The BBC went to court today to try to supress the realease of the "Balen report" an internal BBC report which apparently examines the journalistic balance of BBC Iraeli/Arab news coverage.
An information Tribunal, considering a case brought by a London solictor, Mr Sugar, had previously ruled that the BBC should release the report but the BBC is now seeking to overturn that decision - at a cost to the British taxpayer of some £200,000.
We reported previously how this is a major test of the Freedom of Information information legislation but that the BBC has barely mentioned the Balen report court case in its own news coverage. We find this quite astonoshing given that the case raises major questions about he application of the Freedom of information Act and the use of BBC license fee money to pursue such an action.
Monica Carss-Frisk, QC, representing the BBC, told Mr Justice Davis at the High Court that the BBC was maintaining that the Freedom of Information tribunal was wrong to grant Mr Sugar access to the document.
Ms Carss-Frisk said that the Information Tribunal did not have jurisdiction to hear Mr Sugar’s appeal under the terms of the Freedom of Information Act.
An expert in media law at Taylor Wessing,Niri Shan, said that this was a very important case because few freedom of information cases reach the High Court. Most go no further than the Information Tribunal appeal stage.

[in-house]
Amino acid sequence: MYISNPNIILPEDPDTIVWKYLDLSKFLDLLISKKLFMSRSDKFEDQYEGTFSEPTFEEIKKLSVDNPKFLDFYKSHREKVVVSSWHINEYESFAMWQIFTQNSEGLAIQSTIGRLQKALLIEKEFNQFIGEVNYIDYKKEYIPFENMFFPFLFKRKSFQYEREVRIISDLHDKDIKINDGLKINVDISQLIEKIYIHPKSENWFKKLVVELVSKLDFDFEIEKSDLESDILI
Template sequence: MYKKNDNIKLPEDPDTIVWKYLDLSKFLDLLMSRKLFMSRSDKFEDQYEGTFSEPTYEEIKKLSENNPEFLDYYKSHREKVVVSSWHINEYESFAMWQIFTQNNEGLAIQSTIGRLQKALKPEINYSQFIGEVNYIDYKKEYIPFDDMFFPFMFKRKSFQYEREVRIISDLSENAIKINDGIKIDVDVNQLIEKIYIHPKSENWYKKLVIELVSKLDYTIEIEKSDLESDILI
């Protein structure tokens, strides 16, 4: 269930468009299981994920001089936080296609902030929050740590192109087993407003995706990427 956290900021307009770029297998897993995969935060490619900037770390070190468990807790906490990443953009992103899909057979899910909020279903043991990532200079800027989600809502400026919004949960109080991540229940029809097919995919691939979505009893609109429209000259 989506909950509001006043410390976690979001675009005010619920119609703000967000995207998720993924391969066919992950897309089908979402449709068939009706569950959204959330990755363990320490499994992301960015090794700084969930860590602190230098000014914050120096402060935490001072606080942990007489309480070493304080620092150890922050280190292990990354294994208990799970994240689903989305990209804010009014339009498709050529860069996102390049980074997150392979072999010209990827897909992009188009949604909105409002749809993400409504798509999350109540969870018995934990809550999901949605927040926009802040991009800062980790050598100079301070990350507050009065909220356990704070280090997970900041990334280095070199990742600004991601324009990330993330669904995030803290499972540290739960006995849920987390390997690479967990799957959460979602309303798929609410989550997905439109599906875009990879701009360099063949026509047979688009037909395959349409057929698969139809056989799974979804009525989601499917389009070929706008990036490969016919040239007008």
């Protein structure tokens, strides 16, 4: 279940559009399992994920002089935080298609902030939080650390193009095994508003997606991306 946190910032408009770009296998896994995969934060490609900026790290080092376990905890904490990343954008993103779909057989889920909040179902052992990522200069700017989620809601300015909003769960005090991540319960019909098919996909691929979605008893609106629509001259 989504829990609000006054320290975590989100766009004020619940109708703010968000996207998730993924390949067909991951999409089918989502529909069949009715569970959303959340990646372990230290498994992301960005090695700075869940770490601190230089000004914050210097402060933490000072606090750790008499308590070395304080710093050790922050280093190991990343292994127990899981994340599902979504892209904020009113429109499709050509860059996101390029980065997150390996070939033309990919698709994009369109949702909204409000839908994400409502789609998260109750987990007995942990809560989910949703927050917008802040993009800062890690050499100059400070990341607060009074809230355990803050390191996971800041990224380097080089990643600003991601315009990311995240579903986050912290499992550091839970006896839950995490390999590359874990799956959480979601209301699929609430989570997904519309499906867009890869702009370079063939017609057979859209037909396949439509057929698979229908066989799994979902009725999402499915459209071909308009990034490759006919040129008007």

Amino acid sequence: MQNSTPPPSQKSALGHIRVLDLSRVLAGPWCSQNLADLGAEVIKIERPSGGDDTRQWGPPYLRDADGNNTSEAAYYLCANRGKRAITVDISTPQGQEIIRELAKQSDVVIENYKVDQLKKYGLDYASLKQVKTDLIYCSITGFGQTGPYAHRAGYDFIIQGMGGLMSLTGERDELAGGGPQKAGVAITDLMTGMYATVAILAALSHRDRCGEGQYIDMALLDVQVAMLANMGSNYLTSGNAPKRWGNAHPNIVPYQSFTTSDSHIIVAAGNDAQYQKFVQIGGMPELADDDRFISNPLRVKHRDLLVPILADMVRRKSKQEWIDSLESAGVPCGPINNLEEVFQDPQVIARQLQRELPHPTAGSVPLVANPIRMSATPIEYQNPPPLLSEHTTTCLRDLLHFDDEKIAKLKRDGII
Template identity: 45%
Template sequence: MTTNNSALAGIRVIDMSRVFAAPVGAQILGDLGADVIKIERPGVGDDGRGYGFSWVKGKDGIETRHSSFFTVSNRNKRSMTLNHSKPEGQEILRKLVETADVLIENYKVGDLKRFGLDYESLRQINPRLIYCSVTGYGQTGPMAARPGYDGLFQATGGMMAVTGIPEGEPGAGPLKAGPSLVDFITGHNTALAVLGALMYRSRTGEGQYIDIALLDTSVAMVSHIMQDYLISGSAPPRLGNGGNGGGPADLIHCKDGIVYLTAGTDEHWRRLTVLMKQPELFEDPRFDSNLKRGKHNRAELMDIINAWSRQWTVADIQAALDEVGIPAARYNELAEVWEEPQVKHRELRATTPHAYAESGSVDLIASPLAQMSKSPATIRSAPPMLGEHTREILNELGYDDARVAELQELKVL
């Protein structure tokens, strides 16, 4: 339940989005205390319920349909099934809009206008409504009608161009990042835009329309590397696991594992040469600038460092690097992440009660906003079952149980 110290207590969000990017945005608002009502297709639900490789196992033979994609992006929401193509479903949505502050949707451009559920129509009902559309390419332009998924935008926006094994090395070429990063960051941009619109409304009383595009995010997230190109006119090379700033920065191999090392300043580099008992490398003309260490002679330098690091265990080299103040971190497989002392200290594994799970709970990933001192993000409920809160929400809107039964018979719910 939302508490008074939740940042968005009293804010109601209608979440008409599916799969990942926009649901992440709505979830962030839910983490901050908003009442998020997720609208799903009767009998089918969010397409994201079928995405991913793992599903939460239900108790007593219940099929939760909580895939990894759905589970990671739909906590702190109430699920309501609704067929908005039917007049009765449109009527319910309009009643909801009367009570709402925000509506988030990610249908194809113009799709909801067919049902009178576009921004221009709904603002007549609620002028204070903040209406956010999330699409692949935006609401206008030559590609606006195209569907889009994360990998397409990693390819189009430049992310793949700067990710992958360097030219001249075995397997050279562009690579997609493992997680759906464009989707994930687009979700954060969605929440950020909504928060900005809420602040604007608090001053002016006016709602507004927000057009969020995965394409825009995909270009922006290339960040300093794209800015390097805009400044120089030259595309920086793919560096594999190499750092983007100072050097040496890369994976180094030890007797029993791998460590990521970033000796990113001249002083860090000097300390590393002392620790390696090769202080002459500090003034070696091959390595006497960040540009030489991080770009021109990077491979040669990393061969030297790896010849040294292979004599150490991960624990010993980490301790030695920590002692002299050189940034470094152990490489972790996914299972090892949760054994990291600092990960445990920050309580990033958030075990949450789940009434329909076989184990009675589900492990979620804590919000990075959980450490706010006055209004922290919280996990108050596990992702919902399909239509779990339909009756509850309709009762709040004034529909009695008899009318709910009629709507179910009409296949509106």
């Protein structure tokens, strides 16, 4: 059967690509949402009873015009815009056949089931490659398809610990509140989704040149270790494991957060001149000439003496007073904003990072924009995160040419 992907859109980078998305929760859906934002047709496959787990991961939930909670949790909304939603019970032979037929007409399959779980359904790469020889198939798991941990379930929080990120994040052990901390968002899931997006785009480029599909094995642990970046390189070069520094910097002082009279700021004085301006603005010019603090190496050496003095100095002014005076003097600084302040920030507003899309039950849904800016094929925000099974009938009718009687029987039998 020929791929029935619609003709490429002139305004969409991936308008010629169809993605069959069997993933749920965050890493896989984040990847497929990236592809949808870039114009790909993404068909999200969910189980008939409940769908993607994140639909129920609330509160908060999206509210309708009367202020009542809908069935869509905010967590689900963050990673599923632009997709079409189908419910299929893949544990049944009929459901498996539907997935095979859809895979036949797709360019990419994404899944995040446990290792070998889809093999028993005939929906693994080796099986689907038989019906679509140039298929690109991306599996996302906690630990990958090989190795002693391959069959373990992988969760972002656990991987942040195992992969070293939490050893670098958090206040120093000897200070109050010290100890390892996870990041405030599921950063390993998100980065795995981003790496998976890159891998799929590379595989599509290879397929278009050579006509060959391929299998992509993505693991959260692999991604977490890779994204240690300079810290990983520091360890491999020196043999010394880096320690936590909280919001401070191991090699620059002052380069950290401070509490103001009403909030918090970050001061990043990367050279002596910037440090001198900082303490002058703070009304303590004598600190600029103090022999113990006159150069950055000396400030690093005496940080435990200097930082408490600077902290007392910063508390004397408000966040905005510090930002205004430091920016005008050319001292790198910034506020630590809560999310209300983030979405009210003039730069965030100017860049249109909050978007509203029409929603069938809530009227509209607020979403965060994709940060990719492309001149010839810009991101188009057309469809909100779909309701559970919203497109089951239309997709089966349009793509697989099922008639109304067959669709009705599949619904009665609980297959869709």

“If the High Court overturns the Information Tribunal’s ruling it will be a blow to its credibility - and would have a significant bearing on future Tribunal cases,” Mr Shan said.
A major focus for the two-day hearing will be whether the Information Tribunal had jurisdiction to consider Mr Sugar’s appeal and rule as it did.
According to the Freedom of Information Act, the BBC is only bound by the Freedom of Information Act “for purposes other than those of journalism, art or literature”.
The BBC is allowed to hold back material that deals with the production of its art, entertainment and journalism. It has used these grounds to reject over 400 Freedom of Information requests.
Mr Sugar in his successful appeal had argued that the Balen report was not held by the BBC for the purposes of journalism “because it is a report about journalism itself”. He claimed he was therefore entitled to apply to see it under the Freedom of Information Act.
Yet again there was no mention of this on the main BBC news coverage. We wait to see how much coverage the BBC gives the case when the High Court rules.